For years, we see the same thing everywhere. Things which are so graphically familiar and recognisable, they almost have one universal voice. Things we coined as, “Symbol.”

Iconographers, graphic designers, etc, whatever you want to call them, their masterpieces lived on this world longer than their very existence of lifetime. This week, we take some time off to bring you back on a time-machine ride.

The people who created these iconoclastic and unmistakeable symbols: It is time you know who is behind what.

The Heart Symbol

The heart, which represents Love and emotions, is a pictorial, physical sign for the heart of human beings/animals; although the biological indefinitive and different shape of a real, the human heart: the left side is bigger than the right.

But it was probably a good thing that the Italian Illustrators in the early 14th century drew the heart without first having seen the real biological bloody, pulsating one.

The Peace Symbol

Almost mistaken the Peace symbol often with a Mercedes-Benz logo, Yahoo! and several other sites has credited Lord Bertrand Russel’s invention of the peace sign in the 20th Century. However, there was no confirmation to his contribution despite the fact that he is a “Renowned peace advocate.”

If you would like to affirm that he is the creator of the peace sign, please note that in Germany and Austria, the peace sign is called Todesrune, The Rune of Death – an inverted life rune.

The Skull and Bone Symbol

This symbol is often read and interpreted as Pirates, Danger, Fatal and all associations of danger and death. The skulls and bones are also the symbol and name (Order of Skulls & Bones) of America’s Most Powerful Secret Society.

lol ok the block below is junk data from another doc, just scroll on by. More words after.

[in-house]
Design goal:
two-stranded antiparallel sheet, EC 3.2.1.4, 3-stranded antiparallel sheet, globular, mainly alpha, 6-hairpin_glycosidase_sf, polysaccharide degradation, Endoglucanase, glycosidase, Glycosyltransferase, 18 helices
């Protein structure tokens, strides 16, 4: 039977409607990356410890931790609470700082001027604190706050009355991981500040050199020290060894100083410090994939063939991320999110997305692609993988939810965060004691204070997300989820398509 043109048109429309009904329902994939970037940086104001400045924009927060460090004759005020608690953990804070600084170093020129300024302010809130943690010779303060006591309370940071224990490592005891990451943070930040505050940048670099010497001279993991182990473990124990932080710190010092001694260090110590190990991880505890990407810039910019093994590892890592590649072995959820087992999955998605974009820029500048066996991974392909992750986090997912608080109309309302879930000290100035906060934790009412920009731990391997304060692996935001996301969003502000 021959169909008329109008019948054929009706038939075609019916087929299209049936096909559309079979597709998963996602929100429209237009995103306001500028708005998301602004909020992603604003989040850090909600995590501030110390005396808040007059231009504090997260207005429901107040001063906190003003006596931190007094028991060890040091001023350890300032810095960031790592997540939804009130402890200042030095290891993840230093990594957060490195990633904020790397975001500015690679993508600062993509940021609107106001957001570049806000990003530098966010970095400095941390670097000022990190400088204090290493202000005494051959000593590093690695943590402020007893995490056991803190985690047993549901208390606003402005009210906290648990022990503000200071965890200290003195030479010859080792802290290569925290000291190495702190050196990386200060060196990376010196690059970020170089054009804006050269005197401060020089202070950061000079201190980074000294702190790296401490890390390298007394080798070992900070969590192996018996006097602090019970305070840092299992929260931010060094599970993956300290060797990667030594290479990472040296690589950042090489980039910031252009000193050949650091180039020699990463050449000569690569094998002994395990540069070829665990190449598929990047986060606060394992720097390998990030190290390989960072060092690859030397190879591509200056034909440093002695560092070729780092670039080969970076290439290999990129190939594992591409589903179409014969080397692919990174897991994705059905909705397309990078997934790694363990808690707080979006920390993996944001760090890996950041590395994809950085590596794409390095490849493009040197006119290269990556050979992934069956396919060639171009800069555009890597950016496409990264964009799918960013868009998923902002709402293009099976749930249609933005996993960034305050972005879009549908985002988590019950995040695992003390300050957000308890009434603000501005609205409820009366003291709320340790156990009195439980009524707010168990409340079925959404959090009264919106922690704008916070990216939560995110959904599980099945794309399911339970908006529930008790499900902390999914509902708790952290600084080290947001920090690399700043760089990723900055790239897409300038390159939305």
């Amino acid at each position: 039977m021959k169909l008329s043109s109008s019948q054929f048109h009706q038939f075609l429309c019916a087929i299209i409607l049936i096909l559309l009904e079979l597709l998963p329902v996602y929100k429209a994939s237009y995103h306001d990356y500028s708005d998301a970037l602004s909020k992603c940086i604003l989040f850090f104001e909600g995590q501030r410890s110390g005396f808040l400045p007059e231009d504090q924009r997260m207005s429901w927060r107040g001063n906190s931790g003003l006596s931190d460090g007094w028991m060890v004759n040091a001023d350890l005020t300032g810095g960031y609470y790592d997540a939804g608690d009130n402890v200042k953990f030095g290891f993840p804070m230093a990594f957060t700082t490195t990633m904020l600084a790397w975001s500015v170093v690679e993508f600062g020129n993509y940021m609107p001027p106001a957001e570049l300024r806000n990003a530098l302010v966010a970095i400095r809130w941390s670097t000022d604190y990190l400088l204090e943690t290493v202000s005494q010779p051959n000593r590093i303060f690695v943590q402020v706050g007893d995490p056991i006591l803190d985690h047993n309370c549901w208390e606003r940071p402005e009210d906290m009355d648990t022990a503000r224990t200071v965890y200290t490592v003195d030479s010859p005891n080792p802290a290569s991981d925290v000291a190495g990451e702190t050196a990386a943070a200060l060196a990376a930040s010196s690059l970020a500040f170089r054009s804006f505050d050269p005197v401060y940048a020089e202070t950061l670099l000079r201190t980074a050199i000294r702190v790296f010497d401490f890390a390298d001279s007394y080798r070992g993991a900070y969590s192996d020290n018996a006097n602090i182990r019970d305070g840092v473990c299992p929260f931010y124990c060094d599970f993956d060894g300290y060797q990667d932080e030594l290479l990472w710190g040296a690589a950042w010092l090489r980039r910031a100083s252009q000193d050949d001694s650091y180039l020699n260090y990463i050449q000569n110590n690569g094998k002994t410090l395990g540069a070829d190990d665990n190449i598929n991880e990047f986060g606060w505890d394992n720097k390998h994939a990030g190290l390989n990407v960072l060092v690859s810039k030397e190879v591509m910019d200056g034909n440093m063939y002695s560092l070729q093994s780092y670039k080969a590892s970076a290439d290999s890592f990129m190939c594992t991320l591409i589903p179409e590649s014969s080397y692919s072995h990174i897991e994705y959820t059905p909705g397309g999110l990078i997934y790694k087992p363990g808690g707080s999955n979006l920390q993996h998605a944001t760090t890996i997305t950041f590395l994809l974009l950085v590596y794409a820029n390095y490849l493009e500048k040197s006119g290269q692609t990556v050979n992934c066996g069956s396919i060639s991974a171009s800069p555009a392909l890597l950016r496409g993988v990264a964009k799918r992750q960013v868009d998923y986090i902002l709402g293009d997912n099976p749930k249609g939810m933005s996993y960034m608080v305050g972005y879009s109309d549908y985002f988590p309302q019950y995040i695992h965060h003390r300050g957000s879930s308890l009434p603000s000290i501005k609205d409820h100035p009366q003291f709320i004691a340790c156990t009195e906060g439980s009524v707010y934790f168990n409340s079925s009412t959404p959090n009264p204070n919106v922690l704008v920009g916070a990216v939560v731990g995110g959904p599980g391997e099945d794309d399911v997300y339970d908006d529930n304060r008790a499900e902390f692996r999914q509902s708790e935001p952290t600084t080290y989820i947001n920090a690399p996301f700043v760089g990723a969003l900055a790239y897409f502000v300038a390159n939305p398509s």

Also a symbol used by Nazis and a fraternity at Yale University. If symbol of the skull and two thigh bones were really designed by the members of The Order of Skull & Bones back in 1832, then William Huntington Russell would be thanked.

The Dollar Sign

Bling Bling. Dos this dollar sign really originated from the United States? Does the S in the dollar sign denotes the S in States? No, but it was invented by an American. Floran Cajori came up with explanations and break down of thesis on how the dollar sign came about, including the entire process to attain the symbol.

The dollar sign originally referred to the Spanish coin and although the first inventor of this sign remains a mystery, it is albeit confirmed that American Colonists in the 18th Cantury “made the transition from ps to the new sign. So, while it did not originally refer to the U.S. dollar, the symbol does legitimately claim its origins in that country.”

The Olympic Logo

According to Greek mythology, the five interlocked Olympic rings were the ancient symbol for sports/games. The five rings were invented in 1913 by Pierre de Coubertin, president of the International Olympic Committee.

According to David C. Young in Ancient Olympic Guide, “There had been five modern Olympiads by that time, and Coubertin’s writings suggest each ring was intended to represent a completed Olympiad, the first five host countries united in “Olympism” and peace. Apparently he expected to add a sixth ring after Olympiad VI, to be held in Berlin in 1916, and so on, until there was a flagful of rings and “universal peace.”

But Olympiad VI was preempted by World War I, so Coubertin gave the symbol a different official meaning: each ring represented one of the five continents of the world, united in Olympism (to Europeans, the “continents” number only five). Thus the logo froze at five and stays there today, a fossil of pre-World War I Europe, when hopes of world peace briefly flowered.”

The Smiley Face


Work of two brothers in Philadelphia, Bernard and Murray Spain in 1970: Bernard made the iconic face with Murray’s tagline “Have a happy day” and the yellow face was spread all over the advertising business for 18 months, carrying out its legend till this day. The number of smiley buttons was sold at an estimation of 50 million dollars in 1972.

Now smiley face is adopted everywhere, in MSN and Yahoo chatting windows, t-shirts, icons for Be Happy, and the list goes on.

The testimonials of the successes behind these graphic symbols are enhanced further when readers know which distinctive symbols I am talking about without having to display the particular images.

And so to these unsung and forgotten inventors… in great aplomb, “We’ll remember you.”

Written for Design TAXI


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